All Effectiveness Bank analyses to date of documents related to use and problem use of illegal drugs starting with the analyses most recently added or updated, totalling today 815 documents.
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Jones L., Pickering L., Sumnall H. et al.
International Journal of Drug Policy: 2010, 21, p. 335–342.
This thorough review formed the evidential basis for recent guidance from England's National Institute for Health and Clinical Excellence on how best to distribute sterile syringes. Maximising the proportion of injections done with sterile equipment is the key objective.
DOCUMENT 2014 HTM file
Needle and syringe programmes
National Institute for Health and Clinical Excellence.
National Institute for Health and Clinical Excellence, 2014.
The UK’s health advisory body recommends high coverage and if need be, 24-hour needle exchange to combat HIV and the hepatitis C epidemic. The aim they say is for every injector to have even more sterile injecting equipment than they need for every single injection.
Tookes H.E., Kral A.H., Wenger L.D. et al.
Drug and Alcohol Dependence: 2012, 123(1–3), p. 255–299.
A major concern about needle exchanges is that after use the injecting equipment they supply will be left unsafely disfiguring public areas, but this US study based on a comparison between San Francisco (has legal exchanges) and Miami (exchanges illegal) strongly suggests the opposite.
Scottish Drug Strategy Delivery Commission.
The Scottish Government, 2013.
An expert committee responds to the Scottish government’s concerns over the role of methadone prescribing in helping patients along the Road to Recovery signposted in the national strategy. On the ground, that road was often barely constructed but methadone was not the problem, rather the failure to optimise programmes for recovery.
REVIEW 2009 HTM file
Alcohol and drug screening of occupational drivers for preventing injury
Cashman C.M., Ruotsalainen J., Greiner B.A. et al.
Cochrane Database of Systematic Reviews: 2009, 2, Art. No.: CD006566.
Exhaustive search finds just two rigorous studies of workplace testing for alcohol and/or drug use of people employed as drivers. For drugs there was some evidence of a long-term effect in averting injuries and deaths but in respect of both drugs and alcohol the evidence was too thin to support any particular policy.
Markham W.A., Young R., Sweeting H. et al.
Social Science and Medicine: 2012, 75, p. 69–76.
Intriguing findings from Glasgow on what it is about a school which helps protect pupils from less socially accepted substance use: in this case, engaging schools with good teacher-pupil relationships but, unlike in England, not those which (given their pupils and areas) excel academically and in eliminating truancy. Connection is it seems the key.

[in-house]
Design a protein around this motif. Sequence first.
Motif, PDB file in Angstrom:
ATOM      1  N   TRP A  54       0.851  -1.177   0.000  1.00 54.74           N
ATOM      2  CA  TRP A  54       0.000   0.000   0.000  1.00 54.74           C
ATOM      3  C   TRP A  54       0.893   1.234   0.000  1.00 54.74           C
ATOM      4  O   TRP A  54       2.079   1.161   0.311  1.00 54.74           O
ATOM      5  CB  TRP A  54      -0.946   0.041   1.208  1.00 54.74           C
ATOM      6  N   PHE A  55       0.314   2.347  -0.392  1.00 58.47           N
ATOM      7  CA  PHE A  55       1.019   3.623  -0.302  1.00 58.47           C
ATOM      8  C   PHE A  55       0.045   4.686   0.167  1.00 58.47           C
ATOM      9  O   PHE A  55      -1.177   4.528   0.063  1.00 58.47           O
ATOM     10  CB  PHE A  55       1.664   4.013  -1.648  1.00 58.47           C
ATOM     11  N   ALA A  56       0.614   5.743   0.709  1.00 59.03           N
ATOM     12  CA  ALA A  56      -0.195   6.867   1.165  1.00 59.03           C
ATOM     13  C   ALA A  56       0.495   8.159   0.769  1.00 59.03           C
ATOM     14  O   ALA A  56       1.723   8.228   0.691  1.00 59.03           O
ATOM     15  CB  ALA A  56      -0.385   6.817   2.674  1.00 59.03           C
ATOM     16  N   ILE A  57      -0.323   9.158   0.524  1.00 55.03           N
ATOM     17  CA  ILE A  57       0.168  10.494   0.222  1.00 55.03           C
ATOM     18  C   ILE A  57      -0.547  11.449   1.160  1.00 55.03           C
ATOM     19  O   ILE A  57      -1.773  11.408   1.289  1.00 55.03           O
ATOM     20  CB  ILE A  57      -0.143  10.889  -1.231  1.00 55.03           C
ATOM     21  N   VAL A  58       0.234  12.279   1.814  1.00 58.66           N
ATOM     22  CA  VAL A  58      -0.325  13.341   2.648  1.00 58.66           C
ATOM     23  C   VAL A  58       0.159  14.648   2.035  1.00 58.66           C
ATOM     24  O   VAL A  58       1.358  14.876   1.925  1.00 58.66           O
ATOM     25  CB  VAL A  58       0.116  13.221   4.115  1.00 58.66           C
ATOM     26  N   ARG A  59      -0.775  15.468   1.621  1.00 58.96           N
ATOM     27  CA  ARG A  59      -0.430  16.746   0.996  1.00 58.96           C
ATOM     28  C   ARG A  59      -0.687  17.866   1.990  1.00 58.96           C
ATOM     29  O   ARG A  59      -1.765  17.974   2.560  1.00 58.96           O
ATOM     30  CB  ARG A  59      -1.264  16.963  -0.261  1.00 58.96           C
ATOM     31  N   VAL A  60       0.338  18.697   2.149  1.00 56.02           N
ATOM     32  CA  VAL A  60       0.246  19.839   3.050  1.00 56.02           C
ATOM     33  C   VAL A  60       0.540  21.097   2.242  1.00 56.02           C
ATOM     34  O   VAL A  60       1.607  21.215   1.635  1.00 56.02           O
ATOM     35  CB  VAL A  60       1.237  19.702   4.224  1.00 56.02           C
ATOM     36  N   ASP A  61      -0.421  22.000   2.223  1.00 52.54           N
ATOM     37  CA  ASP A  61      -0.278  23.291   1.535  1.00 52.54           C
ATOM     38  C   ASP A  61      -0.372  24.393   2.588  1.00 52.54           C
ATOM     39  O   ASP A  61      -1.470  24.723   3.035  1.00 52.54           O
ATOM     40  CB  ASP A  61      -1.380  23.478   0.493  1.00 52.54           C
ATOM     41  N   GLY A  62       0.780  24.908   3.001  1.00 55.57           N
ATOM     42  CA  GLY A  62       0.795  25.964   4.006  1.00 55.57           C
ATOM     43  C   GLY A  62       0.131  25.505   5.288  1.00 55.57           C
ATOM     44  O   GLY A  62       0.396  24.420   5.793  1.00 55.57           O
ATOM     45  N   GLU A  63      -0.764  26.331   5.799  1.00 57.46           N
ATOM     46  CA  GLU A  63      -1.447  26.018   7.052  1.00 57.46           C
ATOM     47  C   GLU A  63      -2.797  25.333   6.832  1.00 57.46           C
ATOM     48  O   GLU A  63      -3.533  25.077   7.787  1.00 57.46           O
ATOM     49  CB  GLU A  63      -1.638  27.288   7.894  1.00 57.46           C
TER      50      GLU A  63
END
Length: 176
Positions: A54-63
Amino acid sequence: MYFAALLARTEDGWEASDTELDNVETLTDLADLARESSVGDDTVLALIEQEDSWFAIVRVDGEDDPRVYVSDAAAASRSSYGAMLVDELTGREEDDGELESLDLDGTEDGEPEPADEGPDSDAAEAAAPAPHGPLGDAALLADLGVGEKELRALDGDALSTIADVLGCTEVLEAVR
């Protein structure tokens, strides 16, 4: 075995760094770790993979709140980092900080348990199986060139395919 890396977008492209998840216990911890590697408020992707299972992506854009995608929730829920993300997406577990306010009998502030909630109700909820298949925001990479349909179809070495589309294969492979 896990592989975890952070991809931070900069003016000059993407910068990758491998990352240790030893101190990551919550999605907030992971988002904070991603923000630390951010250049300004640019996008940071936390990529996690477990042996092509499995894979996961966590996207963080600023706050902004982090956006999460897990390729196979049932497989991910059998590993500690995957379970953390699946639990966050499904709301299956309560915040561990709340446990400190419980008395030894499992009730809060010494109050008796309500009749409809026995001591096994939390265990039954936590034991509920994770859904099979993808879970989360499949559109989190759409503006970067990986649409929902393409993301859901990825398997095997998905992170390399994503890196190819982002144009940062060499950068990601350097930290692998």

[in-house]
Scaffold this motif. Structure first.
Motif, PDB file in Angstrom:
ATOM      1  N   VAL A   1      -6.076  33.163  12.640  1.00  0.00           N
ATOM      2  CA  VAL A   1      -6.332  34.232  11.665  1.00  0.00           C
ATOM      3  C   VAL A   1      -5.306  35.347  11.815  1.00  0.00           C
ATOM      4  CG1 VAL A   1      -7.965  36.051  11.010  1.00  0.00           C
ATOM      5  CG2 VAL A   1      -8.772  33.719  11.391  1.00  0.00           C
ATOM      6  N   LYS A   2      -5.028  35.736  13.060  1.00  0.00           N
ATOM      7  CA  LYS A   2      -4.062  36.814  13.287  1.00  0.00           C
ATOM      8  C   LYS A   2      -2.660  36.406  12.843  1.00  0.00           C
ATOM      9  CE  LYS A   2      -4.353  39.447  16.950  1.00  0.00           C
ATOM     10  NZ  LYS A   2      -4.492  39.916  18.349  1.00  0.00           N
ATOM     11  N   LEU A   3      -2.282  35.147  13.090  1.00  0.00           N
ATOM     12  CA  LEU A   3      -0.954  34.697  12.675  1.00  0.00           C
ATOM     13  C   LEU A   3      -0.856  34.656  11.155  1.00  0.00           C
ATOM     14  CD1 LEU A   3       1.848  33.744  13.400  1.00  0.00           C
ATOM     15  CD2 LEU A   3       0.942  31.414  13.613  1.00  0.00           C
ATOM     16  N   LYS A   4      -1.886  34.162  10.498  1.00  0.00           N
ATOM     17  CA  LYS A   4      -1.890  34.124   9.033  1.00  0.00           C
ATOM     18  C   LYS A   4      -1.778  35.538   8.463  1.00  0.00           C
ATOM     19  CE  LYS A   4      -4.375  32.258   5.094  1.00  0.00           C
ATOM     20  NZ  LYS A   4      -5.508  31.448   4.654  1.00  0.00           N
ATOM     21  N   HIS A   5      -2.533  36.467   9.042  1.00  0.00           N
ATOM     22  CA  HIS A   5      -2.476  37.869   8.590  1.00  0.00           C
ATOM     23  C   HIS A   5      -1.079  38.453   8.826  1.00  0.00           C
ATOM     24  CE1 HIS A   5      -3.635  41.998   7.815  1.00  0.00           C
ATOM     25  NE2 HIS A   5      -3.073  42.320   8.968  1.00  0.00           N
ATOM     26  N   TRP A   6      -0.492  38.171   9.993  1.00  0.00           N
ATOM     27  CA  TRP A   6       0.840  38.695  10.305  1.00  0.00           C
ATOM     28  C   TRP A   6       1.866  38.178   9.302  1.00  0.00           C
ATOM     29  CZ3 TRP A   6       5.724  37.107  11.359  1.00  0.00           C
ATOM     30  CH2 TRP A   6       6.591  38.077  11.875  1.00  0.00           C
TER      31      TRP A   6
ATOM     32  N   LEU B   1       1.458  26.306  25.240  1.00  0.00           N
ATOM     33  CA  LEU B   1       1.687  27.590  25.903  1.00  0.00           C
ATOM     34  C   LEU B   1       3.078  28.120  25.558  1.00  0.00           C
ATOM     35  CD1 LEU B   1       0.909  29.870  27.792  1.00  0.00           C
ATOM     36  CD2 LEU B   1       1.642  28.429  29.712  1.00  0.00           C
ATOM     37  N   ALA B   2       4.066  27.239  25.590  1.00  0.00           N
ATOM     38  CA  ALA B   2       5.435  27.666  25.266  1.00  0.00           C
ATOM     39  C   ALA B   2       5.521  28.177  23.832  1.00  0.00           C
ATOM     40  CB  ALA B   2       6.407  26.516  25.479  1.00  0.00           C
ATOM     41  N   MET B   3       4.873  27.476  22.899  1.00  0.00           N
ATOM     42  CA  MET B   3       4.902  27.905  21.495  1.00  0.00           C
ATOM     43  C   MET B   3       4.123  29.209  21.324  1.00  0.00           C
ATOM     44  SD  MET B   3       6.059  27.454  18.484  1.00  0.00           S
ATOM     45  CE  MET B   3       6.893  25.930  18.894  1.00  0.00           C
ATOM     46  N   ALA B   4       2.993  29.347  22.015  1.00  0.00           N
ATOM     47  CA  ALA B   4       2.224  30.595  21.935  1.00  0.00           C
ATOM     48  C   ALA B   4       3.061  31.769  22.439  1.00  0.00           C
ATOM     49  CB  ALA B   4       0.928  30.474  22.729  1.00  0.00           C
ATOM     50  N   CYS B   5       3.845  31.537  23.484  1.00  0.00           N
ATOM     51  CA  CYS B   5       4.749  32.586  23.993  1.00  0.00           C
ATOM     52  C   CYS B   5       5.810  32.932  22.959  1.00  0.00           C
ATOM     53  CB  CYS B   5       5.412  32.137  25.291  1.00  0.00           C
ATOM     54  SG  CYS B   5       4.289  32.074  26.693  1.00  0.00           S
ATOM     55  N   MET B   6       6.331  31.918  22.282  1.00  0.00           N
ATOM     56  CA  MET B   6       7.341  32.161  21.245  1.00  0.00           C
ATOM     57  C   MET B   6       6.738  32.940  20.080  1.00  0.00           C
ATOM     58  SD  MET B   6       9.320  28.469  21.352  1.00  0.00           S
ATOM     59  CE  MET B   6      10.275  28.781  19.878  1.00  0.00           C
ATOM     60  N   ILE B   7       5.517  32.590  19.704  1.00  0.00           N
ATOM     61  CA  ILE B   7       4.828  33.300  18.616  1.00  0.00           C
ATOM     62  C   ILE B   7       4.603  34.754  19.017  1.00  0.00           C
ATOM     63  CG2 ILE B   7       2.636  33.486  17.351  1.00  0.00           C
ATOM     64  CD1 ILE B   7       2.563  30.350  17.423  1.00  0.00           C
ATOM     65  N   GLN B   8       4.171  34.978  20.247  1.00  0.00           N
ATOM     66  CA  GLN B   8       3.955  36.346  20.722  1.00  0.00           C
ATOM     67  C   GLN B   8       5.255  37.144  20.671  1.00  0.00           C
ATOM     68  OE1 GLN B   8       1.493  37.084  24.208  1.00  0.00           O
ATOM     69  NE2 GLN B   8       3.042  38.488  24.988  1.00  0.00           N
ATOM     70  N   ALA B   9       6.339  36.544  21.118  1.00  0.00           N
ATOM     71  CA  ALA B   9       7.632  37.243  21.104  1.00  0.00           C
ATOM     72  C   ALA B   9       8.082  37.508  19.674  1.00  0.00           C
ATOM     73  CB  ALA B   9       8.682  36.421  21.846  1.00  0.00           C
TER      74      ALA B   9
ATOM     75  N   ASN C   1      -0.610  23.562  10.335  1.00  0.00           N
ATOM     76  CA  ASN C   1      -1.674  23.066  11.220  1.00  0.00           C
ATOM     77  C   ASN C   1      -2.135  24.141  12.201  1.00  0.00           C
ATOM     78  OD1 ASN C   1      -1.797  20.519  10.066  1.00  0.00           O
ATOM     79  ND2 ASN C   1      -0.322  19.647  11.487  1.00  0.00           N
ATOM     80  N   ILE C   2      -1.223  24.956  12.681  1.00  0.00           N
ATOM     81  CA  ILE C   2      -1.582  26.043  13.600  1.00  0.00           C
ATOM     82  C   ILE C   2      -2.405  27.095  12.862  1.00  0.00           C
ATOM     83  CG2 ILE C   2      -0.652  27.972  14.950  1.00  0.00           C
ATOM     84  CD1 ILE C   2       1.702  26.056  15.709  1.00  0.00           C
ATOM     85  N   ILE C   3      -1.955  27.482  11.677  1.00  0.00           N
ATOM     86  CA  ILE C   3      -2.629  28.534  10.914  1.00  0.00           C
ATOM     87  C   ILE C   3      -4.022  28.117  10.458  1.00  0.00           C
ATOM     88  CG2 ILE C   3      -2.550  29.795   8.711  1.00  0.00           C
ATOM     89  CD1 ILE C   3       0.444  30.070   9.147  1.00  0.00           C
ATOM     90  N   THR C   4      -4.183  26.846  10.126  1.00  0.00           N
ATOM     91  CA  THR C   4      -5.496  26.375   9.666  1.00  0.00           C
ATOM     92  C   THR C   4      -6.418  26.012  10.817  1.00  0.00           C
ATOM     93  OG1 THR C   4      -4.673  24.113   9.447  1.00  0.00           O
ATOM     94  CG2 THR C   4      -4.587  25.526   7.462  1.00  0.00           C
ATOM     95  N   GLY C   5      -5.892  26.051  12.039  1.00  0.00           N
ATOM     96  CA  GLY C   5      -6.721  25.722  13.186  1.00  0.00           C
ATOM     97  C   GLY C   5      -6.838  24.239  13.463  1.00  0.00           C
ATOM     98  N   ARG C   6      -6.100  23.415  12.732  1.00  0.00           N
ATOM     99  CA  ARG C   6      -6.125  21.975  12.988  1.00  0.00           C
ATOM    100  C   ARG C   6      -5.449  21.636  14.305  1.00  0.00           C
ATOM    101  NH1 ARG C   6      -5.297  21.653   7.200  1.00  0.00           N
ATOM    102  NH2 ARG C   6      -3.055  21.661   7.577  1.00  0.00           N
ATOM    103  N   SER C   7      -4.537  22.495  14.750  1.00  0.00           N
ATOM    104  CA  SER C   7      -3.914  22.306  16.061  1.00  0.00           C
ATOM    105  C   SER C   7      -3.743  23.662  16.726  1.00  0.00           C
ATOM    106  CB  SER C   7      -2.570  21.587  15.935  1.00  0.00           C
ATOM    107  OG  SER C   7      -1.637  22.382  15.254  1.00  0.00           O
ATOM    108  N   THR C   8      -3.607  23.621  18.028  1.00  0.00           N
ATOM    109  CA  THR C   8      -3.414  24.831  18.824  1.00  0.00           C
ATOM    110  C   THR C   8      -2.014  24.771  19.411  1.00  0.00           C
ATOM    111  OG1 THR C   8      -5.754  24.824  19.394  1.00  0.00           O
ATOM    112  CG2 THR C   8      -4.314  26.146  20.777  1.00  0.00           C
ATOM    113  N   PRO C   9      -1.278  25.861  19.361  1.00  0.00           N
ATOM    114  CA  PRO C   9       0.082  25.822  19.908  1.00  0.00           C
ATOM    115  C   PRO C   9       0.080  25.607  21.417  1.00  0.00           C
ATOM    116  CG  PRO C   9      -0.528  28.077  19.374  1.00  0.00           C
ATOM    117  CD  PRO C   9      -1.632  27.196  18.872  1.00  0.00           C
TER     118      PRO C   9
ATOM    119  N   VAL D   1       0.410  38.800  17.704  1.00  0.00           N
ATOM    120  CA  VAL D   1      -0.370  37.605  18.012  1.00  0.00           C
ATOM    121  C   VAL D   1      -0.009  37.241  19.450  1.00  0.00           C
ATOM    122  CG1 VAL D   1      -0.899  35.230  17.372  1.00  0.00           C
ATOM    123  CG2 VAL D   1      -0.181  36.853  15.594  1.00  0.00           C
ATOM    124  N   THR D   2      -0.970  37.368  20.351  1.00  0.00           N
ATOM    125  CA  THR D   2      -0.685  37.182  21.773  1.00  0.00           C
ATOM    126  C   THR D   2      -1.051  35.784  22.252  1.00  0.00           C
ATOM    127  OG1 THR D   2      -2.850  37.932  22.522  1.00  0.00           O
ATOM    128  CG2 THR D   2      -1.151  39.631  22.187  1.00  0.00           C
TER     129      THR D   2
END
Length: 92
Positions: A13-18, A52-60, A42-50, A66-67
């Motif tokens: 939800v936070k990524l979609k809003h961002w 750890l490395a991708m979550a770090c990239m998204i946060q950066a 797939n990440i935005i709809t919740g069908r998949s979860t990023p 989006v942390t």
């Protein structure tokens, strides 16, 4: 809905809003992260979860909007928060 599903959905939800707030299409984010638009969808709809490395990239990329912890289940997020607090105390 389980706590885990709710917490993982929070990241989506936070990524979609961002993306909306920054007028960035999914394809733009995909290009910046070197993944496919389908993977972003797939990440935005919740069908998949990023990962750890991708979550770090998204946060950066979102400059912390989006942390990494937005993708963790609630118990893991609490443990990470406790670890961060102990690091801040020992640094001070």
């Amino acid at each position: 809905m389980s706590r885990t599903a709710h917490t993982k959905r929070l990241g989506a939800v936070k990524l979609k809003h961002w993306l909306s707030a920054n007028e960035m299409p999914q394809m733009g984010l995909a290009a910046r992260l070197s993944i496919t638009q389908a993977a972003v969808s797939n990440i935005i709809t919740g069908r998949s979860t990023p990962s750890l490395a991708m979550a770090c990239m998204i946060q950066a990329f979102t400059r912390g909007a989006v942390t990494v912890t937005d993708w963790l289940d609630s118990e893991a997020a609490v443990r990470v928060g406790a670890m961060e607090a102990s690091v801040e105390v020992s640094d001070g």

Tiihonen J., Krupitsky E., Verbitskaya E. et al.
American Journal of Psychiatry: 2012, 169(5); p. 531–536.
Would dually addicted heroin and stimulant users fitted with an opiate-blocking naltrexone implant simply escalate their stimulant use? The issue is important because multi-drug use is the norm. In this Finnish-Russian study it was the reverse – amphetamine use decreased as well as heroin use.
Bennett T., Holloway K.
Drugs: Education, Prevention and Policy: 2012, 19(4), p. 320–328.
The evaluation which led to the Welsh national programme to distribute naloxone to opiate users and their associates to curb rising overdose deaths, one of several UK studies to give momentum to this peer-based strategy.
Mayet S., Manning V., Williams A. et al
International Journal of Drug Policy: 2011, 22, p. 9–15.
Training for addiction treatment staff in managing overdose using naloxone, seeded in London by the National Addiction Centre, 'cascaded' to other staff and to patients at a disappointingly slow pace; on average each clinician trainee trained one drug user every 11 months.
REVIEW 2012 HTM file
Consideration of naloxone
Advisory Council on the Misuse of Drugs.
[UK] Advisory Council on the Misuse of Drugs, 2012.
The UK’s official drugs law and policy advisory body recommends that alongside training, the opiate-blocker naloxone be made more widely and easily available to enable drug users and those who work and associate with them to prevent opiate overdose deaths.
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